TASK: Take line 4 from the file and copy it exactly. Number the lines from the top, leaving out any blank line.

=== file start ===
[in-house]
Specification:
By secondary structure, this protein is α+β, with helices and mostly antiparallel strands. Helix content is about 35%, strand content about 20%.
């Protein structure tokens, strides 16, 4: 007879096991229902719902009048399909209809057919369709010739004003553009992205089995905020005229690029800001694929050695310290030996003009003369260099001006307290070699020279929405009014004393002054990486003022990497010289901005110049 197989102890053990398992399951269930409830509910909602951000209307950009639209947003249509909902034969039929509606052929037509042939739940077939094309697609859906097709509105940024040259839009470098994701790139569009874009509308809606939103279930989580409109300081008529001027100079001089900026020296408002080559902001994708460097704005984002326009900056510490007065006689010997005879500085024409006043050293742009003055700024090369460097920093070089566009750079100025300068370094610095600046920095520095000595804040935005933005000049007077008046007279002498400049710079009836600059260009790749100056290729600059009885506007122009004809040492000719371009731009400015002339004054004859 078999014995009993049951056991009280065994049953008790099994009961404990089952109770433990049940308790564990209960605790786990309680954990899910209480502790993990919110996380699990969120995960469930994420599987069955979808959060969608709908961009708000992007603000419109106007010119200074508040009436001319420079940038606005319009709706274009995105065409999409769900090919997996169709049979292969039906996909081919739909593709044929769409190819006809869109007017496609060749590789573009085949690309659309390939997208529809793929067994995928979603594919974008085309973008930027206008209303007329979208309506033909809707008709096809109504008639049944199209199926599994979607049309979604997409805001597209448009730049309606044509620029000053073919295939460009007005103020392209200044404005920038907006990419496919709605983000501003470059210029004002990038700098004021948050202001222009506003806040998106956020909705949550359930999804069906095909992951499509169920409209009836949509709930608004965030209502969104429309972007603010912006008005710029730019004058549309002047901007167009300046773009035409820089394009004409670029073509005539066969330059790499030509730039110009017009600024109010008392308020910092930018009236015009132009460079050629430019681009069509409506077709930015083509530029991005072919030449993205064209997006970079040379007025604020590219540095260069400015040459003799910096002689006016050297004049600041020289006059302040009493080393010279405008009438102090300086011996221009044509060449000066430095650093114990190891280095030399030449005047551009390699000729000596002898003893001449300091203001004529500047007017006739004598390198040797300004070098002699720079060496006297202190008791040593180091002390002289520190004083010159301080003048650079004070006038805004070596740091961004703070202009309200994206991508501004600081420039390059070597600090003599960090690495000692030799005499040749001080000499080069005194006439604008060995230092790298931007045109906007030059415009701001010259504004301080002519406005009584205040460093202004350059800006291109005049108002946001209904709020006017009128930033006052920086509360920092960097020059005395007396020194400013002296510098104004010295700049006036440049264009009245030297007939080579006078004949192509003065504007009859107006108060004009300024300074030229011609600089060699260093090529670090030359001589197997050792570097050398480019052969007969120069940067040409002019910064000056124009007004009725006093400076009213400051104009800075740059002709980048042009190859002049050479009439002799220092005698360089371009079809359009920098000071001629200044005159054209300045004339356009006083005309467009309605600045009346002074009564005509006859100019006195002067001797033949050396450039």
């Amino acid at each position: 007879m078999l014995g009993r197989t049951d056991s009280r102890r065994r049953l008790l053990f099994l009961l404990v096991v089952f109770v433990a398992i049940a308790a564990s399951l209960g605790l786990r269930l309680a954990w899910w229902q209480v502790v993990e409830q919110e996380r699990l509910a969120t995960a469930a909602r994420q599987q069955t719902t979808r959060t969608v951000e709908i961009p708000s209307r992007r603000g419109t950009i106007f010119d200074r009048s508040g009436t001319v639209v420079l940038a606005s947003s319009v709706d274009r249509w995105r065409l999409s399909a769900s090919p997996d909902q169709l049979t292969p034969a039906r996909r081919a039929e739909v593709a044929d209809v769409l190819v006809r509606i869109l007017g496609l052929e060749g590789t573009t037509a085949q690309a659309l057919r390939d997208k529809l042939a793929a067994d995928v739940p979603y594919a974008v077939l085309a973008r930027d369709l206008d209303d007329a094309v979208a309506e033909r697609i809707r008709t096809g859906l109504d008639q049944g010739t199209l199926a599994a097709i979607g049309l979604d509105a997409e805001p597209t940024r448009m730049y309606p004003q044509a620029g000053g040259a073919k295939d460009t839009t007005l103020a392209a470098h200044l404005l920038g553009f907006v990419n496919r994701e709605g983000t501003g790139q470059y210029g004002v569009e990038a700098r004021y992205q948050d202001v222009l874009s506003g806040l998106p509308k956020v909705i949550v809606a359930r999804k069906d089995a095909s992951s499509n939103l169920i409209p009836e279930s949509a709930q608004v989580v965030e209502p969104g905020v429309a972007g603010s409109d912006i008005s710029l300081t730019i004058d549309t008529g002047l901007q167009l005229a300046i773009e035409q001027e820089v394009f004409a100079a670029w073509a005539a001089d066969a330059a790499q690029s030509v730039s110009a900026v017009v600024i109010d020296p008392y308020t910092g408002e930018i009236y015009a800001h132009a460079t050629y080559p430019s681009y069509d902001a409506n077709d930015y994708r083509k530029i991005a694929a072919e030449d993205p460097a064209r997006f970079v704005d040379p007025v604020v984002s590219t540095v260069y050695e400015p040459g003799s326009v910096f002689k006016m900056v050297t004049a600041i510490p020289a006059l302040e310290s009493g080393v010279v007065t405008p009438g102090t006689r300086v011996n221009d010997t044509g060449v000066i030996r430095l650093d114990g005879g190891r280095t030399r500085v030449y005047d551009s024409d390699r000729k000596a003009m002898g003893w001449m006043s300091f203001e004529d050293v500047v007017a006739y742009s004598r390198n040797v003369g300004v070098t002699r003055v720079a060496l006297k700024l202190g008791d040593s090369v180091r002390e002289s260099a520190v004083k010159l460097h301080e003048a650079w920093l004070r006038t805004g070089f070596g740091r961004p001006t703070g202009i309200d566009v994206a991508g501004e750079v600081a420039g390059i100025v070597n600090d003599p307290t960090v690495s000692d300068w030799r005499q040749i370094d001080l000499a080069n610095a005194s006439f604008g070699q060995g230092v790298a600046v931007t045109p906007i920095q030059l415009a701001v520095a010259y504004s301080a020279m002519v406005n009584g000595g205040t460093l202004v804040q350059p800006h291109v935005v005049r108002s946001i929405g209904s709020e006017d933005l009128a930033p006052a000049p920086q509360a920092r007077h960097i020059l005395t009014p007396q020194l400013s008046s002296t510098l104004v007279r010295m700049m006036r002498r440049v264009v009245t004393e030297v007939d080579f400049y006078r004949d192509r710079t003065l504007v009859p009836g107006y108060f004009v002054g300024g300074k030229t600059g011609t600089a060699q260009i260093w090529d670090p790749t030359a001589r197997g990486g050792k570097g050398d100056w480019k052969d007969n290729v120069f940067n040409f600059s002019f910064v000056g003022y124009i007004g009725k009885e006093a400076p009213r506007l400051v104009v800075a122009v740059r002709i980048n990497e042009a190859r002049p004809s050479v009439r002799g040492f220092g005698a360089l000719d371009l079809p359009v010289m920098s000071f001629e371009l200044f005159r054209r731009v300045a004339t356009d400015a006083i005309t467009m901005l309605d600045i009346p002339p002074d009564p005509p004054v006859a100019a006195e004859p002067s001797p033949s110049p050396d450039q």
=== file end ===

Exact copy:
């Protein structure tokens, strides 16, 4: 007879096991229902719902009048399909209809057919369709010739004003553009992205089995905020005229690029800001694929050695310290030996003009003369260099001006307290070699020279929405009014004393002054990486003022990497010289901005110049 197989102890053990398992399951269930409830509910909602951000209307950009639209947003249509909902034969039929509606052929037509042939739940077939094309697609859906097709509105940024040259839009470098994701790139569009874009509308809606939103279930989580409109300081008529001027100079001089900026020296408002080559902001994708460097704005984002326009900056510490007065006689010997005879500085024409006043050293742009003055700024090369460097920093070089566009750079100025300068370094610095600046920095520095000595804040935005933005000049007077008046007279002498400049710079009836600059260009790749100056290729600059009885506007122009004809040492000719371009731009400015002339004054004859 078999014995009993049951056991009280065994049953008790099994009961404990089952109770433990049940308790564990209960605790786990309680954990899910209480502790993990919110996380699990969120995960469930994420599987069955979808959060969608709908961009708000992007603000419109106007010119200074508040009436001319420079940038606005319009709706274009995105065409999409769900090919997996169709049979292969039906996909081919739909593709044929769409190819006809869109007017496609060749590789573009085949690309659309390939997208529809793929067994995928979603594919974008085309973008930027206008209303007329979208309506033909809707008709096809109504008639049944199209199926599994979607049309979604997409805001597209448009730049309606044509620029000053073919295939460009007005103020392209200044404005920038907006990419496919709605983000501003470059210029004002990038700098004021948050202001222009506003806040998106956020909705949550359930999804069906095909992951499509169920409209009836949509709930608004965030209502969104429309972007603010912006008005710029730019004058549309002047901007167009300046773009035409820089394009004409670029073509005539066969330059790499030509730039110009017009600024109010008392308020910092930018009236015009132009460079050629430019681009069509409506077709930015083509530029991005072919030449993205064209997006970079040379007025604020590219540095260069400015040459003799910096002689006016050297004049600041020289006059302040009493080393010279405008009438102090300086011996221009044509060449000066430095650093114990190891280095030399030449005047551009390699000729000596002898003893001449300091203001004529500047007017006739004598390198040797300004070098002699720079060496006297202190008791040593180091002390002289520190004083010159301080003048650079004070006038805004070596740091961004703070202009309200994206991508501004600081420039390059070597600090003599960090690495000692030799005499040749001080000499080069005194006439604008060995230092790298931007045109906007030059415009701001010259504004301080002519406005009584205040460093202004350059800006291109005049108002946001209904709020006017009128930033006052920086509360920092960097020059005395007396020194400013002296510098104004010295700049006036440049264009009245030297007939080579006078004949192509003065504007009859107006108060004009300024300074030229011609600089060699260093090529670090030359001589197997050792570097050398480019052969007969120069940067040409002019910064000056124009007004009725006093400076009213400051104009800075740059002709980048042009190859002049050479009439002799220092005698360089371009079809359009920098000071001629200044005159054209300045004339356009006083005309467009309605600045009346002074009564005509006859100019006195002067001797033949050396450039």